Apple To Replace AT&T In The Dow Jones

Because of the coincidence that I wrote an article about AT&T’s merger with DirecTV on the eve of the Dow Jones announcement that Apple would be replacing AT&T in the Dow Jones Index, I received quite a few e-mails from readers asking whether that kind of move should be treated as a signal that Apple should be purchased or AT&T should be sold. I did not get a chance to respond to any of those readers, but hopefully my discussions here will provide an adequate answer to the question.

First, the Dow Jones Index has little rational bearing on actual buy-and-hold decisions these days, despite the fact that it is widely circulated in the news. If you turn on the TV at 10 o’clock and watch the news, it is likely that the reporters will give you both the results of the S&P 500 and the Dow Jones from that day. Hearing them mentioned side by side all the time can lead to thinking in terms of a false equivalency—the S&P 500 Index actually affects the short-term flow of money in many 401(k)s throughout the land, whereas the Dow Jones Index only results in 1/40 of the money flow that a change in the composition of the S&P 500 will bring about.

The reason why someone doesn’t get a job, start a 401(k), and then find a Dow Jones Index into which to throw their retirement dollars is because mutual fund providers are reluctant to create price-weighted indexes. This sounds a little wonkish, but the point is this: The Dow Jones is weighted by the price of the stock so that Visa at $270 per share will have 7x the influence that AT&T (which is still part of the index) will have at $35 per share. This bothers rational participants in the market because you are judging a company partially based on how many ownership pieces of the company exist. Visa is cut up into 600 million pieces, and AT&T is cut up into 5.2 billion pieces. This fact is utterly inconsequential for making investment decisions—it is reminiscent of Yogi Berra’s adage that he’d rather have a pizza cut into four pieces because he doesn’t feel like he could eat eight.

The much more rational approach of the S&P 500 is to weight companies based on overall size, rather than take into consideration how many pieces they cut themselves into—AT&T is a $173 billion company and Visa is a $165 billion company, and therefore, should have nearly equal influence on the index. This rationality is why index funds are structured to follow the S&P 500 rather the Dow Jones—both Visa and AT&T are equal size, and the fact that Visa is broken up into about 1/7th as many pieces should not be the basis for determining influence.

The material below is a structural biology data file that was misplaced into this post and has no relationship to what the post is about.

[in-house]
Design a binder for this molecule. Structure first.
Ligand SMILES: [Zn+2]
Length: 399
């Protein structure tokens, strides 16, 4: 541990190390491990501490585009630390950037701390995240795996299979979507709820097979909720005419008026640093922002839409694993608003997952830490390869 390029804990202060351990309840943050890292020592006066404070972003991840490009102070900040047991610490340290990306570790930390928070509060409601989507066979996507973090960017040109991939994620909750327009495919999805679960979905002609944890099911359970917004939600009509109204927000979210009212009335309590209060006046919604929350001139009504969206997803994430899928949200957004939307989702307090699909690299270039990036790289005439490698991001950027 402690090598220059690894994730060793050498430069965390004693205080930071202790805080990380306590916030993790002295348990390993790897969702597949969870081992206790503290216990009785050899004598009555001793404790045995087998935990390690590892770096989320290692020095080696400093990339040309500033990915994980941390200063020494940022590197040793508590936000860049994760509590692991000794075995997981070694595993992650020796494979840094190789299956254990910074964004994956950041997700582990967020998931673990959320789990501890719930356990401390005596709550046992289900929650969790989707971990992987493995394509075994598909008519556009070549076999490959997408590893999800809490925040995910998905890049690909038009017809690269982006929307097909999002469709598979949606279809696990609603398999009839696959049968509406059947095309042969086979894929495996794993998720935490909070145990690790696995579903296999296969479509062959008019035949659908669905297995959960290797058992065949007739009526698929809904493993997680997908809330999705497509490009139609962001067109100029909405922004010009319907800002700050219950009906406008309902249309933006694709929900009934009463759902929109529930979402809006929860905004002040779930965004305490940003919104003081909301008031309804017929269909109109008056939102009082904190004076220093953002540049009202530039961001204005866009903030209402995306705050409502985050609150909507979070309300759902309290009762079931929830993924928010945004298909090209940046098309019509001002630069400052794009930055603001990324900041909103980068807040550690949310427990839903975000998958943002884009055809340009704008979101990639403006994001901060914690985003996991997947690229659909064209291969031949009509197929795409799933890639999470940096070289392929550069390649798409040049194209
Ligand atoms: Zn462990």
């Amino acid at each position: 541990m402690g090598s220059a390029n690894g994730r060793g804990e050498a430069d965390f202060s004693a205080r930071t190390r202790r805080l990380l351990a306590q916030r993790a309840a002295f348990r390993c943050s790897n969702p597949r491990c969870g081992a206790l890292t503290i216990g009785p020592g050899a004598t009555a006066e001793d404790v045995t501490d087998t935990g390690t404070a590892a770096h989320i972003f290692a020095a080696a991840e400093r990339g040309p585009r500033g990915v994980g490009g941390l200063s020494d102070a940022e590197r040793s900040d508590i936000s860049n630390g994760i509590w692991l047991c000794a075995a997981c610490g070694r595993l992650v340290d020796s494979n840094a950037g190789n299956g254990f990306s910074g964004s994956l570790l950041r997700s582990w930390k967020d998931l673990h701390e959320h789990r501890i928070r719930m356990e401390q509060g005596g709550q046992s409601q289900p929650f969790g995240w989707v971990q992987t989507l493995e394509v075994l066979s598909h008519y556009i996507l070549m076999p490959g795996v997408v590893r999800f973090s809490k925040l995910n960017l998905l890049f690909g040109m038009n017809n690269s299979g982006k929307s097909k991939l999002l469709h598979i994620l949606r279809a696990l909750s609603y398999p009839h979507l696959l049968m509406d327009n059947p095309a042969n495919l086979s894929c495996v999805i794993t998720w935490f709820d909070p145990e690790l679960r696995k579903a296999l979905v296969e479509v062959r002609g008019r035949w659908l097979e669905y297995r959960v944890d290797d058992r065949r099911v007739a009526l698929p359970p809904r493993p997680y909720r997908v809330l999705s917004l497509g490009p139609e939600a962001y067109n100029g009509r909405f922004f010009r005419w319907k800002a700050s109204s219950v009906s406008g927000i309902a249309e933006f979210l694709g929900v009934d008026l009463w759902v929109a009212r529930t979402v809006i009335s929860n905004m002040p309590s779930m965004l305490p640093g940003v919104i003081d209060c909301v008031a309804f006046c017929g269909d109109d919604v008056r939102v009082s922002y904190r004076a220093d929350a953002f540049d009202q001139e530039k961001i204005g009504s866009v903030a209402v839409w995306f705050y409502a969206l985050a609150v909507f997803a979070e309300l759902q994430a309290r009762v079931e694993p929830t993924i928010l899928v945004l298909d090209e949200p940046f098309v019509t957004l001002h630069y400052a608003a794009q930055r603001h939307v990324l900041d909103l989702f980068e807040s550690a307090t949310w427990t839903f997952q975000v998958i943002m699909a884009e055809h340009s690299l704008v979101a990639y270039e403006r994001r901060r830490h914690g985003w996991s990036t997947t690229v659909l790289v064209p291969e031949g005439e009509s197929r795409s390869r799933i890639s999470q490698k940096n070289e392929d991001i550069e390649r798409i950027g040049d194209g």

I am not saying that the S&P 500’s approach is perfect-when a stock gets expensive it becomes a larger part of the index and when it gets cheap it becomes a smaller part of the index under market cap-weight formulas, but it is much more rational than price weighting.

Secondly, the exodus from the Dow Jones does not imply poor results ahead. From 1957 through 2003, companies that got removed from an index actually outperformed stocks that got added to the index by almost two percentage points. Jeremy Siegel theorizes this is due to the fact that companies leaving the index have low expectations and therefore can outperform the easy hurdle of low expectations whereas the new entrant has higher expectations and can more easily underperform those lofty goals. I am not saying that general trend applies to Apple’s addition to the index, but am providing a theory about the general rule.

To use recent examples, Altria returned 150% since getting kicked out of the index, Honeywell is up 80% since getting kicked out of the index, and Citigroup is up 50%. It’s not an omen of poor things to come.

Thirdly, the best response to these types of events is to independently study the company and recognize that companies will perform in line with fundamentals over the long-term. If AT&T acquires DirecTV and grows profits at 5% annually, it will give investors a 5.5% dividend that ought to account for total returns of around 11% over that coming five year period if you get higher than expected growth, a bit of P/E expansion, and mix in the substantial dividend. If the company grows profits at 2%, you will likely look at total returns around 8%.  The point is that the performance of the company over the coming years is what will determine an investor’s total returns, not whether it is a part of a particular index (and the practical significance of the Dow Jones is much less than the S&P 500).

In short, I view the inclusion or exclusion of a company from an index as a fact of short-term significance at best and utter irrelevance at worst. The data doesn’t support the general rule that exclusion harms company performance, and even then, the more important rule that a company’s subsequent performance determines results would still be controlling. Whether you decide to buy, sell, or hold Apple or AT&T should be based on your study of those company’s business prospects, not their placement in a particular index.